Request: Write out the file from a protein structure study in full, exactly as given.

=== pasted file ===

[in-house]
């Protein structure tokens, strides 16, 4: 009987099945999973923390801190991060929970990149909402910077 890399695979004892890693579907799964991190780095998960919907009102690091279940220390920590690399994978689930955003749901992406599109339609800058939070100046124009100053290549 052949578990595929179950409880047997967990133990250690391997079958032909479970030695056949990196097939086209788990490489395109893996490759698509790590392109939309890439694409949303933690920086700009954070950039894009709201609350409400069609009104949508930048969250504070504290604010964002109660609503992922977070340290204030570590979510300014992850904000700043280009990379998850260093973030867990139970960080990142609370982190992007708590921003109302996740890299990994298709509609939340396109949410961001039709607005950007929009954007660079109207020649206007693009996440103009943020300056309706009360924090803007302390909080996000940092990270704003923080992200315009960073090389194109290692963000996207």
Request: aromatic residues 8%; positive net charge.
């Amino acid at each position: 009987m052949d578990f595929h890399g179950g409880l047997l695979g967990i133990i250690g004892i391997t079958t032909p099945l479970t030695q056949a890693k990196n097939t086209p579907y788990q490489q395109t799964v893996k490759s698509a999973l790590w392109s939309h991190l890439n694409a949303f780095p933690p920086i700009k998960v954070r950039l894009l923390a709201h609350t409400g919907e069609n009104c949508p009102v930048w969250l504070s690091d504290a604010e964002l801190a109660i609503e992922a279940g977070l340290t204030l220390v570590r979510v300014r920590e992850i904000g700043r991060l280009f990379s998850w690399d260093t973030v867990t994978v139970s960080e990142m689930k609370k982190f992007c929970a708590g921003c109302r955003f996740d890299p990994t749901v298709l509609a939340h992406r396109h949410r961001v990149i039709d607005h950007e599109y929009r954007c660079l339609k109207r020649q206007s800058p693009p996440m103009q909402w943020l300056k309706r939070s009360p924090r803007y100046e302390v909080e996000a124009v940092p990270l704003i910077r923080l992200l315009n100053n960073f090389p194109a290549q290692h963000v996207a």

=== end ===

[in-house]
């Protein structure tokens, strides 16, 4: 009987099945999973923390801190991060929970990149909402910077 890399695979004892890693579907799964991190780095998960919907009102690091279940220390920590690399994978689930955003749901992406599109339609800058939070100046124009100053290549 052949578990595929179950409880047997967990133990250690391997079958032909479970030695056949990196097939086209788990490489395109893996490759698509790590392109939309890439694409949303933690920086700009954070950039894009709201609350409400069609009104949508930048969250504070504290604010964002109660609503992922977070340290204030570590979510300014992850904000700043280009990379998850260093973030867990139970960080990142609370982190992007708590921003109302996740890299990994298709509609939340396109949410961001039709607005950007929009954007660079109207020649206007693009996440103009943020300056309706009360924090803007302390909080996000940092990270704003923080992200315009960073090389194109290692963000996207």
Request: aromatic residues 8%; positive net charge.
């Amino acid at each position: 009987m052949d578990f595929h890399g179950g409880l047997l695979g967990i133990i250690g004892i391997t079958t032909p099945l479970t030695q056949a890693k990196n097939t086209p579907y788990q490489q395109t799964v893996k490759s698509a999973l790590w392109s939309h991190l890439n694409a949303f780095p933690p920086i700009k998960v954070r950039l894009l923390a709201h609350t409400g919907e069609n009104c949508p009102v930048w969250l504070s690091d504290a604010e964002l801190a109660i609503e992922a279940g977070l340290t204030l220390v570590r979510v300014r920590e992850i904000g700043r991060l280009f990379s998850w690399d260093t973030v867990t994978v139970s960080e990142m689930k609370k982190f992007c929970a708590g921003c109302r955003f996740d890299p990994t749901v298709l509609a939340h992406r396109h949410r961001v990149i039709d607005h950007e599109y929009r954007c660079l339609k109207r020649q206007s800058p693009p996440m103009q909402w943020l300056k309706r939070s009360p924090r803007y100046e302390v909080e996000a124009v940092p990270l704003i910077r923080l992200l315009n100053n960073f090389p194109a290549q290692h963000v996207a």